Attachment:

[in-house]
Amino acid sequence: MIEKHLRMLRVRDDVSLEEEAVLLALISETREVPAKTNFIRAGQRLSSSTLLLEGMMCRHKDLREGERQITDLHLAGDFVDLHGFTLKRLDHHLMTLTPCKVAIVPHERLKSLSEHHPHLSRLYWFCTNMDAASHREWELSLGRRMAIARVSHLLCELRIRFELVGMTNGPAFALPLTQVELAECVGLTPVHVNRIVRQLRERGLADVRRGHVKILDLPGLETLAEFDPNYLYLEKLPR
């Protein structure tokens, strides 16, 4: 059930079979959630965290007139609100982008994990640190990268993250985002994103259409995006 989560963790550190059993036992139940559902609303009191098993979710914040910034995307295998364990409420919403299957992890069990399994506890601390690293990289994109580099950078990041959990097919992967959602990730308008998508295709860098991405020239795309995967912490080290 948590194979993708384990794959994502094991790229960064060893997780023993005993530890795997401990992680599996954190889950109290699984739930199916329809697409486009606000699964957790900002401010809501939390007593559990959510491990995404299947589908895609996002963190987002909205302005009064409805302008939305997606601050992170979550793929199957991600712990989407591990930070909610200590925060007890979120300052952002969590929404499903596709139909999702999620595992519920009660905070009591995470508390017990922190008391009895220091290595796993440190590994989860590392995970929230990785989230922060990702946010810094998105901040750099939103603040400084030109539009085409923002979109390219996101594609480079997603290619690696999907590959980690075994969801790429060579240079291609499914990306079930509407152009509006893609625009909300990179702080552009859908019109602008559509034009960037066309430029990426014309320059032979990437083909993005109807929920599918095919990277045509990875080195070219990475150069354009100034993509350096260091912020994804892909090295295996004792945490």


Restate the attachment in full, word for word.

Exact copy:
[in-house]
Amino acid sequence: MIEKHLRMLRVRDDVSLEEEAVLLALISETREVPAKTNFIRAGQRLSSSTLLLEGMMCRHKDLREGERQITDLHLAGDFVDLHGFTLKRLDHHLMTLTPCKVAIVPHERLKSLSEHHPHLSRLYWFCTNMDAASHREWELSLGRRMAIARVSHLLCELRIRFELVGMTNGPAFALPLTQVELAECVGLTPVHVNRIVRQLRERGLADVRRGHVKILDLPGLETLAEFDPNYLYLEKLPR
């Protein structure tokens, strides 16, 4: 059930079979959630965290007139609100982008994990640190990268993250985002994103259409995006 989560963790550190059993036992139940559902609303009191098993979710914040910034995307295998364990409420919403299957992890069990399994506890601390690293990289994109580099950078990041959990097919992967959602990730308008998508295709860098991405020239795309995967912490080290 948590194979993708384990794959994502094991790229960064060893997780023993005993530890795997401990992680599996954190889950109290699984739930199916329809697409486009606000699964957790900002401010809501939390007593559990959510491990995404299947589908895609996002963190987002909205302005009064409805302008939305997606601050992170979550793929199957991600712990989407591990930070909610200590925060007890979120300052952002969590929404499903596709139909999702999620595992519920009660905070009591995470508390017990922190008391009895220091290595796993440190590994989860590392995970929230990785989230922060990702946010810094998105901040750099939103603040400084030109539009085409923002979109390219996101594609480079997603290619690696999907590959980690075994969801790429060579240079291609499914990306079930509407152009509006893609625009909300990179702080552009859908019109602008559509034009960037066309430029990426014309320059032979990437083909993005109807929920599918095919990277045509990875080195070219990475150069354009100034993509350096260091912020994804892909090295295996004792945490």